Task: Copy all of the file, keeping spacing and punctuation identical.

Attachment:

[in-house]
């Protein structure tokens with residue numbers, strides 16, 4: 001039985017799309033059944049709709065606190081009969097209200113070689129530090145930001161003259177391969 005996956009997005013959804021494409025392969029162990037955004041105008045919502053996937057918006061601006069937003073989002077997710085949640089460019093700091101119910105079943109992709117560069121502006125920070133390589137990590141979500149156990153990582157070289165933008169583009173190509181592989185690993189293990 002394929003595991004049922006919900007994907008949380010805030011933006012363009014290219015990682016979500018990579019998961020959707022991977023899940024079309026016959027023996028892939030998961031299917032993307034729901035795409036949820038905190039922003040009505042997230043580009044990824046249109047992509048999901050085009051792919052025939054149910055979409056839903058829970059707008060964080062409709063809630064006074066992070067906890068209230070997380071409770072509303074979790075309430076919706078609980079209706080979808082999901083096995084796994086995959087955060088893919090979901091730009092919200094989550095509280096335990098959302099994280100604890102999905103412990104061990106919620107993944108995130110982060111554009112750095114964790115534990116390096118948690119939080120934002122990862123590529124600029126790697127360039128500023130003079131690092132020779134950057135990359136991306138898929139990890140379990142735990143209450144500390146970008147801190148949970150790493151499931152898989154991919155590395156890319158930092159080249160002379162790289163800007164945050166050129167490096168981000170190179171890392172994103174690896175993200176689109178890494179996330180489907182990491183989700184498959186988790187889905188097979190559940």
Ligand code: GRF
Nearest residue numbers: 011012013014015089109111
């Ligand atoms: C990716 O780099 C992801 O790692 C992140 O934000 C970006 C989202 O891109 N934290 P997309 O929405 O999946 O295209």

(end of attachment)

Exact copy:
[in-house]
């Protein structure tokens with residue numbers, strides 16, 4: 001039985017799309033059944049709709065606190081009969097209200113070689129530090145930001161003259177391969 005996956009997005013959804021494409025392969029162990037955004041105008045919502053996937057918006061601006069937003073989002077997710085949640089460019093700091101119910105079943109992709117560069121502006125920070133390589137990590141979500149156990153990582157070289165933008169583009173190509181592989185690993189293990 002394929003595991004049922006919900007994907008949380010805030011933006012363009014290219015990682016979500018990579019998961020959707022991977023899940024079309026016959027023996028892939030998961031299917032993307034729901035795409036949820038905190039922003040009505042997230043580009044990824046249109047992509048999901050085009051792919052025939054149910055979409056839903058829970059707008060964080062409709063809630064006074066992070067906890068209230070997380071409770072509303074979790075309430076919706078609980079209706080979808082999901083096995084796994086995959087955060088893919090979901091730009092919200094989550095509280096335990098959302099994280100604890102999905103412990104061990106919620107993944108995130110982060111554009112750095114964790115534990116390096118948690119939080120934002122990862123590529124600029126790697127360039128500023130003079131690092132020779134950057135990359136991306138898929139990890140379990142735990143209450144500390146970008147801190148949970150790493151499931152898989154991919155590395156890319158930092159080249160002379162790289163800007164945050166050129167490096168981000170190179171890392172994103174690896175993200176689109178890494179996330180489907182990491183989700184498959186988790187889905188097979190559940």
Ligand code: GRF
Nearest residue numbers: 011012013014015089109111
């Ligand atoms: C990716 O780099 C992801 O790692 C992140 O934000 C970006 C989202 O891109 N934290 P997309 O929405 O999946 O295209």